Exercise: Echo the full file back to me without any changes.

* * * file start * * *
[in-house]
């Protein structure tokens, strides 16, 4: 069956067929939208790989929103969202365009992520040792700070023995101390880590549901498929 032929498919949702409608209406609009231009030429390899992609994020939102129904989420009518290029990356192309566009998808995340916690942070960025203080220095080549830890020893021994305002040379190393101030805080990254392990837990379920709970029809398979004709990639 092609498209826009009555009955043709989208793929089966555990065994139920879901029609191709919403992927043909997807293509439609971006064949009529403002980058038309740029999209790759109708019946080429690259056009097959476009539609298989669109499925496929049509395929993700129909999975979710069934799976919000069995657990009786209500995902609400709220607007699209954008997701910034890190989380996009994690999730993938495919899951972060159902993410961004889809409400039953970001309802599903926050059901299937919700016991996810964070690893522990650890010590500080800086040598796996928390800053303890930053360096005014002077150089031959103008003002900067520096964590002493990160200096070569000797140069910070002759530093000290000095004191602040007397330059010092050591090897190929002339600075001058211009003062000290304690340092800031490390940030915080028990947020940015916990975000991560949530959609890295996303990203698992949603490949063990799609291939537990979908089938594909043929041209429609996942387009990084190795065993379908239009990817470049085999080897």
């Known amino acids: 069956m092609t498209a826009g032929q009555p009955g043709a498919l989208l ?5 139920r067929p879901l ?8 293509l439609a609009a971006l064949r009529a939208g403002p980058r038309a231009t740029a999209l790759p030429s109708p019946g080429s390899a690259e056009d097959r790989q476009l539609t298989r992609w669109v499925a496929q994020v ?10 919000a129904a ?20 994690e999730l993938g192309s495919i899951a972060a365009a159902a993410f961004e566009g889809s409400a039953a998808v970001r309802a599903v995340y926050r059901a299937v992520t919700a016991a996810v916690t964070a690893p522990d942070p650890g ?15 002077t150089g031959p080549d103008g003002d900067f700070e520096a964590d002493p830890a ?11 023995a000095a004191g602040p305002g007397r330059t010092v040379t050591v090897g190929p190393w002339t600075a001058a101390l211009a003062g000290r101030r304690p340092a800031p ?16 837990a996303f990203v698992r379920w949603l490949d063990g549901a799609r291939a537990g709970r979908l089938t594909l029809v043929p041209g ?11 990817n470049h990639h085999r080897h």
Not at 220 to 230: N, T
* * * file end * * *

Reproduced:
[in-house]
């Protein structure tokens, strides 16, 4: 069956067929939208790989929103969202365009992520040792700070023995101390880590549901498929 032929498919949702409608209406609009231009030429390899992609994020939102129904989420009518290029990356192309566009998808995340916690942070960025203080220095080549830890020893021994305002040379190393101030805080990254392990837990379920709970029809398979004709990639 092609498209826009009555009955043709989208793929089966555990065994139920879901029609191709919403992927043909997807293509439609971006064949009529403002980058038309740029999209790759109708019946080429690259056009097959476009539609298989669109499925496929049509395929993700129909999975979710069934799976919000069995657990009786209500995902609400709220607007699209954008997701910034890190989380996009994690999730993938495919899951972060159902993410961004889809409400039953970001309802599903926050059901299937919700016991996810964070690893522990650890010590500080800086040598796996928390800053303890930053360096005014002077150089031959103008003002900067520096964590002493990160200096070569000797140069910070002759530093000290000095004191602040007397330059010092050591090897190929002339600075001058211009003062000290304690340092800031490390940030915080028990947020940015916990975000991560949530959609890295996303990203698992949603490949063990799609291939537990979908089938594909043929041209429609996942387009990084190795065993379908239009990817470049085999080897």
């Known amino acids: 069956m092609t498209a826009g032929q009555p009955g043709a498919l989208l ?5 139920r067929p879901l ?8 293509l439609a609009a971006l064949r009529a939208g403002p980058r038309a231009t740029a999209l790759p030429s109708p019946g080429s390899a690259e056009d097959r790989q476009l539609t298989r992609w669109v499925a496929q994020v ?10 919000a129904a ?20 994690e999730l993938g192309s495919i899951a972060a365009a159902a993410f961004e566009g889809s409400a039953a998808v970001r309802a599903v995340y926050r059901a299937v992520t919700a016991a996810v916690t964070a690893p522990d942070p650890g ?15 002077t150089g031959p080549d103008g003002d900067f700070e520096a964590d002493p830890a ?11 023995a000095a004191g602040p305002g007397r330059t010092v040379t050591v090897g190929p190393w002339t600075a001058a101390l211009a003062g000290r101030r304690p340092a800031p ?16 837990a996303f990203v698992r379920w949603l490949d063990g549901a799609r291939a537990g709970r979908l089938t594909l029809v043929p041209g ?11 990817n470049h990639h085999r080897h």
Not at 220 to 230: N, T